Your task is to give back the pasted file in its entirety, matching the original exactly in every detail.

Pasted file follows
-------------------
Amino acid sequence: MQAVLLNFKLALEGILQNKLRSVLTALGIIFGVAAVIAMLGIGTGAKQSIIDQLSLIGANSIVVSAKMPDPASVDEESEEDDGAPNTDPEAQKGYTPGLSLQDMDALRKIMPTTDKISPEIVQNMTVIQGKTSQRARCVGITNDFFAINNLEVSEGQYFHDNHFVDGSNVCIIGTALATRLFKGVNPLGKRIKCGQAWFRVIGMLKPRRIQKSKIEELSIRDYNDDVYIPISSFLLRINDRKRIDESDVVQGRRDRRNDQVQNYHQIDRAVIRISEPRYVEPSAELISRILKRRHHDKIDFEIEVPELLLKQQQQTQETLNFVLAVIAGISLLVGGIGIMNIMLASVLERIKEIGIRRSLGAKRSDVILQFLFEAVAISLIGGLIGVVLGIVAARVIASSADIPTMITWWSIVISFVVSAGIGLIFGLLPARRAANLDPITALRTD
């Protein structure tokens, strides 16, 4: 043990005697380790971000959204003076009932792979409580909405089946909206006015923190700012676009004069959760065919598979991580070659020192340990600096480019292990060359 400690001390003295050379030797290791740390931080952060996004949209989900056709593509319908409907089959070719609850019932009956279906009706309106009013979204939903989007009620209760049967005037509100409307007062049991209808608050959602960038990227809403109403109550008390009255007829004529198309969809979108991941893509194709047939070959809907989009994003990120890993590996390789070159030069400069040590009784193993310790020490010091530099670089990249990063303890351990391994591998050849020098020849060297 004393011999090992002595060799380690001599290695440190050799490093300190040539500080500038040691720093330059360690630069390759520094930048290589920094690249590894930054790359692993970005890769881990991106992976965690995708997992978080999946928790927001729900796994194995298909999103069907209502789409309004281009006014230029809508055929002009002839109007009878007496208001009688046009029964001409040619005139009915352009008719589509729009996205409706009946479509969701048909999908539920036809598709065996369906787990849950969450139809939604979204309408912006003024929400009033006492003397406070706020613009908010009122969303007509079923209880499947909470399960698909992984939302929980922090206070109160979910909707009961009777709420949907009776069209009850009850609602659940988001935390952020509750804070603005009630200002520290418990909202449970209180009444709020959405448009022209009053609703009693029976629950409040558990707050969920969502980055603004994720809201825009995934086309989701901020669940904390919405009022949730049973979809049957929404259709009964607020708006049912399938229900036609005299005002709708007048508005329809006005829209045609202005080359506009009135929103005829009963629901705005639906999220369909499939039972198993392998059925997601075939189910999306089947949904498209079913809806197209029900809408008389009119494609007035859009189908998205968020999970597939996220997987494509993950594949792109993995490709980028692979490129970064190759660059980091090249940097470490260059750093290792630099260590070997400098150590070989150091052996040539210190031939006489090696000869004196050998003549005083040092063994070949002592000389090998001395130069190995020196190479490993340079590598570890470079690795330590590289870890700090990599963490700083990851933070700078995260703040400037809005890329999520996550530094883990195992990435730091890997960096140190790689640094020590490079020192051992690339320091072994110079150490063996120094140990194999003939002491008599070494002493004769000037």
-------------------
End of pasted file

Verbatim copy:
Amino acid sequence: MQAVLLNFKLALEGILQNKLRSVLTALGIIFGVAAVIAMLGIGTGAKQSIIDQLSLIGANSIVVSAKMPDPASVDEESEEDDGAPNTDPEAQKGYTPGLSLQDMDALRKIMPTTDKISPEIVQNMTVIQGKTSQRARCVGITNDFFAINNLEVSEGQYFHDNHFVDGSNVCIIGTALATRLFKGVNPLGKRIKCGQAWFRVIGMLKPRRIQKSKIEELSIRDYNDDVYIPISSFLLRINDRKRIDESDVVQGRRDRRNDQVQNYHQIDRAVIRISEPRYVEPSAELISRILKRRHHDKIDFEIEVPELLLKQQQQTQETLNFVLAVIAGISLLVGGIGIMNIMLASVLERIKEIGIRRSLGAKRSDVILQFLFEAVAISLIGGLIGVVLGIVAARVIASSADIPTMITWWSIVISFVVSAGIGLIFGLLPARRAANLDPITALRTD
């Protein structure tokens, strides 16, 4: 043990005697380790971000959204003076009932792979409580909405089946909206006015923190700012676009004069959760065919598979991580070659020192340990600096480019292990060359 400690001390003295050379030797290791740390931080952060996004949209989900056709593509319908409907089959070719609850019932009956279906009706309106009013979204939903989007009620209760049967005037509100409307007062049991209808608050959602960038990227809403109403109550008390009255007829004529198309969809979108991941893509194709047939070959809907989009994003990120890993590996390789070159030069400069040590009784193993310790020490010091530099670089990249990063303890351990391994591998050849020098020849060297 004393011999090992002595060799380690001599290695440190050799490093300190040539500080500038040691720093330059360690630069390759520094930048290589920094690249590894930054790359692993970005890769881990991106992976965690995708997992978080999946928790927001729900796994194995298909999103069907209502789409309004281009006014230029809508055929002009002839109007009878007496208001009688046009029964001409040619005139009915352009008719589509729009996205409706009946479509969701048909999908539920036809598709065996369906787990849950969450139809939604979204309408912006003024929400009033006492003397406070706020613009908010009122969303007509079923209880499947909470399960698909992984939302929980922090206070109160979910909707009961009777709420949907009776069209009850009850609602659940988001935390952020509750804070603005009630200002520290418990909202449970209180009444709020959405448009022209009053609703009693029976629950409040558990707050969920969502980055603004994720809201825009995934086309989701901020669940904390919405009022949730049973979809049957929404259709009964607020708006049912399938229900036609005299005002709708007048508005329809006005829209045609202005080359506009009135929103005829009963629901705005639906999220369909499939039972198993392998059925997601075939189910999306089947949904498209079913809806197209029900809408008389009119494609007035859009189908998205968020999970597939996220997987494509993950594949792109993995490709980028692979490129970064190759660059980091090249940097470490260059750093290792630099260590070997400098150590070989150091052996040539210190031939006489090696000869004196050998003549005083040092063994070949002592000389090998001395130069190995020196190479490993340079590598570890470079690795330590590289870890700090990599963490700083990851933070700078995260703040400037809005890329999520996550530094883990195992990435730091890997960096140190790689640094020590490079020192051992690339320091072994110079150490063996120094140990194999003939002491008599070494002493004769000037």